Cheaper Birdseed

tufted titmouseQuestion: I love feeding the birds over the winter. I have several feeders set up. The problem is, I’ve noticed the price of seed has really gone up and I’m getting frustrated because squirrels and blackbirds are eating most of it. I don’t mind spending for the little birds, but I can’t stand these bullies and scavengers. Any advice?

Answer: Try filling your feeders with safflower seed instead of sunflower seed or mixed seeds. Safflower seeds are small white seeds enjoyed by cardinals, grosbeaks, chickadees, finches, titmice (shown, tufted titmouse), nuthatches and other favorite birds. Squirrels, blackbirds and grackles do not like the bitter taste of safflower seeds. It’s also one of the cheaper birdseeds you can find.

For best results, switch over gradually—by offering a mix of safflower and whatever you have been putting out—so your favorite birds can adjust to the new taste.

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7 thoughts on “Cheaper Birdseed

  1. The BEST purchase we ever made was the ELIMINATOR (weightactivated) Birdfeeder. Kind of pricey, but the savings in bird seed alone has more than made up for the initial cost. I my opinion, this is the best on the market. You can adjust the ‘weight’ restriction on the feeding perch to keep out not only squirrels, but pesky flocks of grackles & starlings who ravage the feeder in a single day. Plenty falls too the ground, so the pesky birds get to eat ‘leftovers’. I just purchased my second ELIMINATOR … it’s that good!

  2. Safflower is a pricey seed in my area. It does help solve the problem although squirrels can develop a taste for it. Safflower also has a thicker hull than most other seeds and can be difficult for smaller birds to eat. The simplest and cheapest way to deal with the problem is to physically exclude the squirrels and blackbirds. Feeders with weight triggered perches work but my favorite is the cage type of feeder. This can be either built-in or added to an existing feeder. No weights, no springs.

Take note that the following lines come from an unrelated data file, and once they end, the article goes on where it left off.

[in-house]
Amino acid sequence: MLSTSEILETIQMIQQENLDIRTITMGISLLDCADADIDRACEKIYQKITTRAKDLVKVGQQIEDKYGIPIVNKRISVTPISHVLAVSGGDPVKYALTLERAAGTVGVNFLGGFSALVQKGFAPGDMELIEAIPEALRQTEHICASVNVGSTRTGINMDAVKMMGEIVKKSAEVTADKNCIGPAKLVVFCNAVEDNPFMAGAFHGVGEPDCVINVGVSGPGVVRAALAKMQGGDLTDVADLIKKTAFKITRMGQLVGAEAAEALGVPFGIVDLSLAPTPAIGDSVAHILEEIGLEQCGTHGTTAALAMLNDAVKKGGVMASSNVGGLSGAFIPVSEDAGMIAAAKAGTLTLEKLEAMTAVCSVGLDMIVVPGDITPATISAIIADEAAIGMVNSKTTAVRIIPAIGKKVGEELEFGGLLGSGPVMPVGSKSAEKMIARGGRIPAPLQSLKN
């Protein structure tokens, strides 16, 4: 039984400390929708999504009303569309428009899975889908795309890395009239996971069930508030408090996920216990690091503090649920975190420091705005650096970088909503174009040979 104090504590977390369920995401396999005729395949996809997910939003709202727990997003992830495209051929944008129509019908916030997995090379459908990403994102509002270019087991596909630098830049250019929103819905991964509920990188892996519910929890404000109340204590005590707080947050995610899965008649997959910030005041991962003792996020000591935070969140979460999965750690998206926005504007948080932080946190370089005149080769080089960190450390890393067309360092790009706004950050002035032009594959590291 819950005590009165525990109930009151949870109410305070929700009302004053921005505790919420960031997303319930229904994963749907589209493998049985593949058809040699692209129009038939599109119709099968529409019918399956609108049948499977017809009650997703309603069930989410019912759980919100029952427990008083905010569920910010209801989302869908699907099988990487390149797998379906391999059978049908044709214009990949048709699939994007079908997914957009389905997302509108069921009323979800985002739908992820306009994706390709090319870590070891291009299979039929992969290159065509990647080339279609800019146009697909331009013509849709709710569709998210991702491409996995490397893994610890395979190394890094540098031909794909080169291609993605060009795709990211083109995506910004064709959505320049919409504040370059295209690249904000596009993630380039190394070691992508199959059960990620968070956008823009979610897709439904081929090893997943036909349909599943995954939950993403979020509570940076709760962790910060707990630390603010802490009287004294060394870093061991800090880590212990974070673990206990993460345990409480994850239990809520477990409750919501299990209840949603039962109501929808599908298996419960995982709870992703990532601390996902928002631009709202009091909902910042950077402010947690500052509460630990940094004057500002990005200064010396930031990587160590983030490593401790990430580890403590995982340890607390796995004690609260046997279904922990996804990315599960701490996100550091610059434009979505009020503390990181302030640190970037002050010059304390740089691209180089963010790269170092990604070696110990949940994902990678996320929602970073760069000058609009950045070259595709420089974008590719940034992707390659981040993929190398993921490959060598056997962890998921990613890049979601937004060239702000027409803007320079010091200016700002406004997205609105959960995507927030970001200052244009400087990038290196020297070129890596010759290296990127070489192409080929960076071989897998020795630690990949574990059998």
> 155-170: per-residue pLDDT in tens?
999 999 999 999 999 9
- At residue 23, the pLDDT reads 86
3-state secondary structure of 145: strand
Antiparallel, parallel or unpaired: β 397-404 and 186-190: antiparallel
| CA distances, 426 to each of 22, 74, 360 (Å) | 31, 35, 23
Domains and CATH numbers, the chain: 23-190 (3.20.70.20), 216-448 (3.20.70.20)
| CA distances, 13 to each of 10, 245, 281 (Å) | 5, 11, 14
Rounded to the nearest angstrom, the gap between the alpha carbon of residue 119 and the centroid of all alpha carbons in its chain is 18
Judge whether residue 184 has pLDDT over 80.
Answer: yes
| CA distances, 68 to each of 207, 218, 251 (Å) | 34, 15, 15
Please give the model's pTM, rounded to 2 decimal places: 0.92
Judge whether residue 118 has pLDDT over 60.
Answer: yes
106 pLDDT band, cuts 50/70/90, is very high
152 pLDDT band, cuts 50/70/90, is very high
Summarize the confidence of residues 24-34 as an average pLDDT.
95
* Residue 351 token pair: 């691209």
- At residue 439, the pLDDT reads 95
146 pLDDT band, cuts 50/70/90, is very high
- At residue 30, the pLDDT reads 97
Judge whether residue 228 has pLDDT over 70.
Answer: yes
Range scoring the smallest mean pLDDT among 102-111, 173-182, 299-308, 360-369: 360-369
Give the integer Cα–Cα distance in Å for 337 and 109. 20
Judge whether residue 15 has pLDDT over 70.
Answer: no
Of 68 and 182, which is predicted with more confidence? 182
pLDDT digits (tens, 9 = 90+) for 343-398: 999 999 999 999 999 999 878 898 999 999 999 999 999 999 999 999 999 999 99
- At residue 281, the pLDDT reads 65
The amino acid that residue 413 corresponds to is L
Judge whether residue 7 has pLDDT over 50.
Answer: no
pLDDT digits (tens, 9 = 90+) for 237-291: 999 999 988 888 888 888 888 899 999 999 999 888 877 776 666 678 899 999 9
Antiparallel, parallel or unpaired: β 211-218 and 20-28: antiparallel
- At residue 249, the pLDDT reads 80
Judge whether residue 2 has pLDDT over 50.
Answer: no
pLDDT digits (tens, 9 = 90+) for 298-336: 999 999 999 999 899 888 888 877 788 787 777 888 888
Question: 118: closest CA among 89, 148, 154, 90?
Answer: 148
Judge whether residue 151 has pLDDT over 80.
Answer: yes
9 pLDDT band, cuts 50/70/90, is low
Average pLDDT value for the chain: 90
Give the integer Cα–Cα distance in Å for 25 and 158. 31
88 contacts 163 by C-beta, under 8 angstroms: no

Also, corn is very attractive to blackbirds, it’s one of their favorite foods. Consider not offering it in any form.
    Have you thought of offering the squirrels their own feeding station away from your bird feeders?

    • Safflower is absolutely a pricey item here in the Midwest. Also, it’s been my experience that squirrels like it as much as anything I’ve put out for birds and squirrels. I buy it and mix it with wild bird seed and sunflower seeds. One very interesting thing, however, is this: before I mixed safflower with the regular seed, I never saw a cardinal. Now, there are several pairs of cardinals who visit my feeders early morning and they are the last visitors at night. AND, since I’ve been growing purple coneflowers in my garden, there are many tiny chickadees who come for the seeds of these easy-to-grow flowers. Many other birds (whose names I do not know) come for the seeds of other flowers whose skeletons I leave standing after the flowers are spent. I’m convinced that this is truly the only way to lessen spending on pricey bird seed. Grow and enjoy the best that nature has available in the way of natives, supplement this with ornamentals whose fruits or flowers or seeds are known to be a draw for birds and then enjoy your “bird” garden year ’round.

  3. I don’t know where the author lives, but in Virginia, safflower is not cheap. But it does solve the squirrel and grackle problem. April’s suggestion of a weight operated feeder is also very good. These feeders do need to be far enough out from the support so the squirrels can’t lean out and avoid the perch.

  4. I add corn and safflower seeds to my regular mix to make it last and I use a feeder that closes when big birds lighton it. There’s always plenty of seed on the ground for big birds and squirrels. I do wish there were fewer sparrows at the feeder.

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